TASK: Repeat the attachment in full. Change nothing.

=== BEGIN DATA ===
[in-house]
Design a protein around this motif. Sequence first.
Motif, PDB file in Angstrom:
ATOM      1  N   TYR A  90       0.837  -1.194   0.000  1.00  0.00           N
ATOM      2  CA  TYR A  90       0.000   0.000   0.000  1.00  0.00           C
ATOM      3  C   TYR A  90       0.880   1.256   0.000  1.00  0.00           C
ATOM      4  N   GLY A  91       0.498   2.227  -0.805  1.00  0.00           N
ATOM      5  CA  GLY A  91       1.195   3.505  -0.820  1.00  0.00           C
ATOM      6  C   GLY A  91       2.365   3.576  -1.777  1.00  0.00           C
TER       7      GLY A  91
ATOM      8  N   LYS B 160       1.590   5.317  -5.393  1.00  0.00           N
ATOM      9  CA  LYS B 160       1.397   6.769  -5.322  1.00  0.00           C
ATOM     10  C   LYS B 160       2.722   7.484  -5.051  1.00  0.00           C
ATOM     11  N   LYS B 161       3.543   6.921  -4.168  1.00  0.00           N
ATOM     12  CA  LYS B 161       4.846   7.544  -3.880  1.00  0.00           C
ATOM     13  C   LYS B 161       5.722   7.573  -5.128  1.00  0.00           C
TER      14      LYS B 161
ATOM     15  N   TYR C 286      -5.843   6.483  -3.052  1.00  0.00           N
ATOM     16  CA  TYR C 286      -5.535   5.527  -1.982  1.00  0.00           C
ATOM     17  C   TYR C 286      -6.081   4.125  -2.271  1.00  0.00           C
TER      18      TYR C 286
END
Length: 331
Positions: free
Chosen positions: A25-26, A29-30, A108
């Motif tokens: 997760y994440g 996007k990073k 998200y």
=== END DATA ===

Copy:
[in-house]
Design a protein around this motif. Sequence first.
Motif, PDB file in Angstrom:
ATOM      1  N   TYR A  90       0.837  -1.194   0.000  1.00  0.00           N
ATOM      2  CA  TYR A  90       0.000   0.000   0.000  1.00  0.00           C
ATOM      3  C   TYR A  90       0.880   1.256   0.000  1.00  0.00           C
ATOM      4  N   GLY A  91       0.498   2.227  -0.805  1.00  0.00           N
ATOM      5  CA  GLY A  91       1.195   3.505  -0.820  1.00  0.00           C
ATOM      6  C   GLY A  91       2.365   3.576  -1.777  1.00  0.00           C
TER       7      GLY A  91
ATOM      8  N   LYS B 160       1.590   5.317  -5.393  1.00  0.00           N
ATOM      9  CA  LYS B 160       1.397   6.769  -5.322  1.00  0.00           C
ATOM     10  C   LYS B 160       2.722   7.484  -5.051  1.00  0.00           C
ATOM     11  N   LYS B 161       3.543   6.921  -4.168  1.00  0.00           N
ATOM     12  CA  LYS B 161       4.846   7.544  -3.880  1.00  0.00           C
ATOM     13  C   LYS B 161       5.722   7.573  -5.128  1.00  0.00           C
TER      14      LYS B 161
ATOM     15  N   TYR C 286      -5.843   6.483  -3.052  1.00  0.00           N
ATOM     16  CA  TYR C 286      -5.535   5.527  -1.982  1.00  0.00           C
ATOM     17  C   TYR C 286      -6.081   4.125  -2.271  1.00  0.00           C
TER      18      TYR C 286
END
Length: 331
Positions: free
Chosen positions: A25-26, A29-30, A108
């Motif tokens: 997760y994440g 996007k990073k 998200y």